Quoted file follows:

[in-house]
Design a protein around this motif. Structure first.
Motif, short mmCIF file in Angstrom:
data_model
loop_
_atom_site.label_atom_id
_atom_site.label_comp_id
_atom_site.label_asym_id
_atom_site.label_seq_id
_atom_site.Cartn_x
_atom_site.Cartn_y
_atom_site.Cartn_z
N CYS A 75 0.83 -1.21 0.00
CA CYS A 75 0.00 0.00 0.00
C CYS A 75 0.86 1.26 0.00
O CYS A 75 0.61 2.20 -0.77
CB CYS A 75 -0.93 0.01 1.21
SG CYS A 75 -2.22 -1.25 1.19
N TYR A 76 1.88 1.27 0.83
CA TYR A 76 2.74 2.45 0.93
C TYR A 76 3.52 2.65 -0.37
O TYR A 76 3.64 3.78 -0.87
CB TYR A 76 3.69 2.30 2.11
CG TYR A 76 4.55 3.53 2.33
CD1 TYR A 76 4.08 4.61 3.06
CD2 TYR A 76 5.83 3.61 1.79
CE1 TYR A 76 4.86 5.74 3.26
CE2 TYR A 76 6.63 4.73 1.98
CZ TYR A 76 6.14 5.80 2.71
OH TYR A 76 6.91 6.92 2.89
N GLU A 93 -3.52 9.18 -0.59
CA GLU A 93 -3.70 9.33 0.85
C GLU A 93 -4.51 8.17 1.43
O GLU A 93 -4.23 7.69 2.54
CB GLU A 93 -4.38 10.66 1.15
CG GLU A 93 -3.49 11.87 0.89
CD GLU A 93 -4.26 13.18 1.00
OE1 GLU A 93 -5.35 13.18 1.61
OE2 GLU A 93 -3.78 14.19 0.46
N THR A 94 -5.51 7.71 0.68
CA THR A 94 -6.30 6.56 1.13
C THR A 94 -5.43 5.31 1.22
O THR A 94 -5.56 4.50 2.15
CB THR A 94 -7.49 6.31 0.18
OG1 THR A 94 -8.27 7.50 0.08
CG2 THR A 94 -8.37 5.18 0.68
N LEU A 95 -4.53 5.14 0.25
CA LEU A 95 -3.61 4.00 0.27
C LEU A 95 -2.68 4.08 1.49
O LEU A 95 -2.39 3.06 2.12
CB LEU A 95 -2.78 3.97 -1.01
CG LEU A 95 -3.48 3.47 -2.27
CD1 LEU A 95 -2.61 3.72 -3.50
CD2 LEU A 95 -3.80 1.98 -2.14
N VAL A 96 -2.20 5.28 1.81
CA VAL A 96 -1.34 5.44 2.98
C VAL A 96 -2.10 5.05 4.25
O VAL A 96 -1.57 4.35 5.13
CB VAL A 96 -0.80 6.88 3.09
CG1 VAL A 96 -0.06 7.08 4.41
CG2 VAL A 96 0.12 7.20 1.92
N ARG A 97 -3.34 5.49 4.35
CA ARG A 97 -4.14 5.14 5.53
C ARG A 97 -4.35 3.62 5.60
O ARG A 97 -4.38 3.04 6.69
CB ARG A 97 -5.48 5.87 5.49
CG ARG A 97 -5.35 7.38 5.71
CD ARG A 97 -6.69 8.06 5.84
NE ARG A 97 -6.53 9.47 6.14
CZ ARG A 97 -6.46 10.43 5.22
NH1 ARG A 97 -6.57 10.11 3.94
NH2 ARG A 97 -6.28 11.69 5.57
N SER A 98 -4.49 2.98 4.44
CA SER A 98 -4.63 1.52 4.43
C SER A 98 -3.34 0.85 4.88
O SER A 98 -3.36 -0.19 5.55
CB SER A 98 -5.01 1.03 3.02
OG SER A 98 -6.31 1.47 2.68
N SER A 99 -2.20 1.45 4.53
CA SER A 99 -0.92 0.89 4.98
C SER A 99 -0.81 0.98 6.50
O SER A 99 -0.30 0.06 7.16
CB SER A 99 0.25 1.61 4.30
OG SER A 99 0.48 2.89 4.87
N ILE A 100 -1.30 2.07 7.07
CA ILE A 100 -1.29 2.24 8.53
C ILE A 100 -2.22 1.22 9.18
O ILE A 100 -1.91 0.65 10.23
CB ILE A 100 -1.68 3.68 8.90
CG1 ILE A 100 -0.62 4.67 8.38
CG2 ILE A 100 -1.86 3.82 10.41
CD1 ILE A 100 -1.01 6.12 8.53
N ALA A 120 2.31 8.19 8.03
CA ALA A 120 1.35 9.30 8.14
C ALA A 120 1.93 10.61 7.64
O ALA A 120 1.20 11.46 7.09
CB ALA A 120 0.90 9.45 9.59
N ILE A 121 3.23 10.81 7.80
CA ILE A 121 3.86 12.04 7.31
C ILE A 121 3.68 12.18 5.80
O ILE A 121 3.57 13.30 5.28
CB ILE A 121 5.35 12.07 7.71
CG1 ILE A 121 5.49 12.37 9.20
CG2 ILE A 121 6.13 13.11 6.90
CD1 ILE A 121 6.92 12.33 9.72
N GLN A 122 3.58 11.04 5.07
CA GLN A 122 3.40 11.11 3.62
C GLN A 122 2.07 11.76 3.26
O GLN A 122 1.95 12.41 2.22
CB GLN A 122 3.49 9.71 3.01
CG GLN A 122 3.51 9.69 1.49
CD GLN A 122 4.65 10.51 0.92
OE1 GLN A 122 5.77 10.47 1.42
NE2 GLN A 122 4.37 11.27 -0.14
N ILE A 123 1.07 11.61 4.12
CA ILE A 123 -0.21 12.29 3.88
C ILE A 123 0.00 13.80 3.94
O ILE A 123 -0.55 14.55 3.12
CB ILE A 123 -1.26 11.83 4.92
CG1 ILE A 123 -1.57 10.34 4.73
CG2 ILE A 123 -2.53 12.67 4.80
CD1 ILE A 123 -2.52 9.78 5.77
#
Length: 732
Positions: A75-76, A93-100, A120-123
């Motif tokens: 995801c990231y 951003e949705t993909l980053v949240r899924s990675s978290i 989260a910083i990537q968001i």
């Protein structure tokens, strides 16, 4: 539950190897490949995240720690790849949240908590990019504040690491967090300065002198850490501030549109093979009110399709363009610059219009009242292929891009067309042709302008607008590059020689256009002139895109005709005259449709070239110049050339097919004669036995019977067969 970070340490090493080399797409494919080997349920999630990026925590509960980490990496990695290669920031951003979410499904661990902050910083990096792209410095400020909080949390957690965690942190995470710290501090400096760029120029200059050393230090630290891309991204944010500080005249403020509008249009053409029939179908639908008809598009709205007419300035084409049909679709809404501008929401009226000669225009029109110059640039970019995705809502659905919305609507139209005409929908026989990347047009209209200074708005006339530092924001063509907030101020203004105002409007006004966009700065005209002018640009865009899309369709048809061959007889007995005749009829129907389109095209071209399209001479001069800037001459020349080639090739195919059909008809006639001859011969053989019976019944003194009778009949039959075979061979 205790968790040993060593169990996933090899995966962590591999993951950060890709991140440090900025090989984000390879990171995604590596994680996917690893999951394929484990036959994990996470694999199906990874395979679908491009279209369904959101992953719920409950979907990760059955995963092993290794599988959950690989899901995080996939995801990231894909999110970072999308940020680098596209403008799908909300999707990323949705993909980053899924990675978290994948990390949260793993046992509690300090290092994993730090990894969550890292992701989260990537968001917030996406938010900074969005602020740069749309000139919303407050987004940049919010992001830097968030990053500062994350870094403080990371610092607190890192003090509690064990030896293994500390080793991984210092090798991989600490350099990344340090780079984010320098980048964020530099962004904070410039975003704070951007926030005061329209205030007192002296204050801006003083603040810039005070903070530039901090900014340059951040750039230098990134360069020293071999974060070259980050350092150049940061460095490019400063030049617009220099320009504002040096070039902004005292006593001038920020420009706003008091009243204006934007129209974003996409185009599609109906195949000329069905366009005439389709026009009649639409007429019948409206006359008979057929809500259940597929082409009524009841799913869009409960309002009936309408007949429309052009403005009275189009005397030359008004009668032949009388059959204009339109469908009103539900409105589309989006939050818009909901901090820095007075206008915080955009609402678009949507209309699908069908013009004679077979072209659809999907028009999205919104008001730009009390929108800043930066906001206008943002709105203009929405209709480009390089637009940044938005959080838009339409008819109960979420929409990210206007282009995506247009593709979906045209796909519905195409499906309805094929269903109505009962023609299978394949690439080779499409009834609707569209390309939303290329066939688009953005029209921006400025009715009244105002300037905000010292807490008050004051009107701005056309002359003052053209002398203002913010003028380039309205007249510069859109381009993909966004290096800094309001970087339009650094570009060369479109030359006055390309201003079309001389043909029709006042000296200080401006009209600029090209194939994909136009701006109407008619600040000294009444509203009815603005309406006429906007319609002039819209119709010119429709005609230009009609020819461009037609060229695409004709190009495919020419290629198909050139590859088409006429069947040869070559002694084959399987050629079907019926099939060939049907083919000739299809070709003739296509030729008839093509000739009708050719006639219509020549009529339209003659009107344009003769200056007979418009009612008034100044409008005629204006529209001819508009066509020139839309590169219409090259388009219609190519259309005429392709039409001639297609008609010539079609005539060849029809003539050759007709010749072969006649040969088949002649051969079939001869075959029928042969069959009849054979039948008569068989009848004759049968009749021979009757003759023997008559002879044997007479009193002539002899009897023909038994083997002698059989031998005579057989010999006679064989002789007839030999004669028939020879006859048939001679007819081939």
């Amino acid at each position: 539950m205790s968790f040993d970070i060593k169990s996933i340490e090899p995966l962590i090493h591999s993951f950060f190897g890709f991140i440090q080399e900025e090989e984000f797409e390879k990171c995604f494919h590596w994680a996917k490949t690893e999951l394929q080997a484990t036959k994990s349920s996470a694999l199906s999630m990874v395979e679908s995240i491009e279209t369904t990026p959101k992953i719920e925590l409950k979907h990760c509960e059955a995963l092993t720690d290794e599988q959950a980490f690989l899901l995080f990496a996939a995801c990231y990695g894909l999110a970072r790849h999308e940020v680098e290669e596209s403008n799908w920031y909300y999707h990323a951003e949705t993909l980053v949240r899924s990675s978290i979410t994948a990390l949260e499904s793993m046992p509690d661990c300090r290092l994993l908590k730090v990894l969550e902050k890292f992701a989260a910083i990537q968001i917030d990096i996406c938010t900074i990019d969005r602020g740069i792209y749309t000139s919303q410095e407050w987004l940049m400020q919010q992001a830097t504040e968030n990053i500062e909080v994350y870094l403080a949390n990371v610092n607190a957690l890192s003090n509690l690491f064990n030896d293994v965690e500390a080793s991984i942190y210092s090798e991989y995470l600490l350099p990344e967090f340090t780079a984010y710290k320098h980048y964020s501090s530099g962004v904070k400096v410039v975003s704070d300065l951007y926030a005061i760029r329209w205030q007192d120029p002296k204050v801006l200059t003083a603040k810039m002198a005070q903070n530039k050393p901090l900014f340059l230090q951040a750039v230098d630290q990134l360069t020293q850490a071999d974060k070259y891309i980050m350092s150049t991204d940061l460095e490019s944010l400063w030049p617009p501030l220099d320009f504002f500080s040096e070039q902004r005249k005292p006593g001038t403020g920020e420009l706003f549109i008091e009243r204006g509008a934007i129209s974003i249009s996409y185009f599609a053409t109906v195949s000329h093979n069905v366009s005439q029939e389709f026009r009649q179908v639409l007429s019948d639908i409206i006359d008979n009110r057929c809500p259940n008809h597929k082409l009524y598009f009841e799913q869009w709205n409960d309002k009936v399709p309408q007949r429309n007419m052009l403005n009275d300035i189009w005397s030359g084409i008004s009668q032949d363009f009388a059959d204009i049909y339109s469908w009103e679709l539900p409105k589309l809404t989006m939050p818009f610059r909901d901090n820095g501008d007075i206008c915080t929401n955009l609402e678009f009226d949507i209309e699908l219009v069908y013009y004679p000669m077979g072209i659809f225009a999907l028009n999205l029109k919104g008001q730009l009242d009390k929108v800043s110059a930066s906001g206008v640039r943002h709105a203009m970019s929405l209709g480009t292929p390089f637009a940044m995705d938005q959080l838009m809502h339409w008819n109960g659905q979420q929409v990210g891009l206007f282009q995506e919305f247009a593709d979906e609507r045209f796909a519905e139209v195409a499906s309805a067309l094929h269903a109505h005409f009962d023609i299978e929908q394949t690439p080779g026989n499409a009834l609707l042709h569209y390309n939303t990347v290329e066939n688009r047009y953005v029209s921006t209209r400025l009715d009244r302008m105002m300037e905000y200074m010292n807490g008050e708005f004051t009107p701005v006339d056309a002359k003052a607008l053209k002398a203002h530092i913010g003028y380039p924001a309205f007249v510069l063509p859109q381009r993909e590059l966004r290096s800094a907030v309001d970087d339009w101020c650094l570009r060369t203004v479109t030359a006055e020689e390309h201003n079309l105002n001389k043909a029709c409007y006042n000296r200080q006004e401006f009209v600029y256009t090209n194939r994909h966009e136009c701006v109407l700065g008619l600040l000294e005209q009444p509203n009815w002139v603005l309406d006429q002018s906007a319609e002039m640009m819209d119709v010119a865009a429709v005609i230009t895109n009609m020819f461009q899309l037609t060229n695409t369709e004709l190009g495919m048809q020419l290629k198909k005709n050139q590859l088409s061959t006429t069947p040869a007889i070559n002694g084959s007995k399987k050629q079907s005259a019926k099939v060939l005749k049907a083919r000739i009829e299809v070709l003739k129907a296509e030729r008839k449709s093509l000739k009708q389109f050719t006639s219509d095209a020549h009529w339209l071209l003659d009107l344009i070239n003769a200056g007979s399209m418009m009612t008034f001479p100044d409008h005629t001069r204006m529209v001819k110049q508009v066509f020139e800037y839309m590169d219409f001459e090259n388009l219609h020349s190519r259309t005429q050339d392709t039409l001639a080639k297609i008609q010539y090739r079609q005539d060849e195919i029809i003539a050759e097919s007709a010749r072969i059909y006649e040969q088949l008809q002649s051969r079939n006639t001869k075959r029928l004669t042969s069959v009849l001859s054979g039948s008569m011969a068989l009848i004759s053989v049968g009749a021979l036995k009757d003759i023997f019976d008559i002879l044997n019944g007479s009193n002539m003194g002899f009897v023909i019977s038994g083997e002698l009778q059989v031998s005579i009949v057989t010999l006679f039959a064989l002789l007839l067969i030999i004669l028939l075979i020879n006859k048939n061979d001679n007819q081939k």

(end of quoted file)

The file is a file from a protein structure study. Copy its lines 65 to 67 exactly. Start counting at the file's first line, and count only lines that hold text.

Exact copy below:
O ARG A 97 -4.38 3.04 6.69
CB ARG A 97 -5.48 5.87 5.49
CG ARG A 97 -5.35 7.38 5.71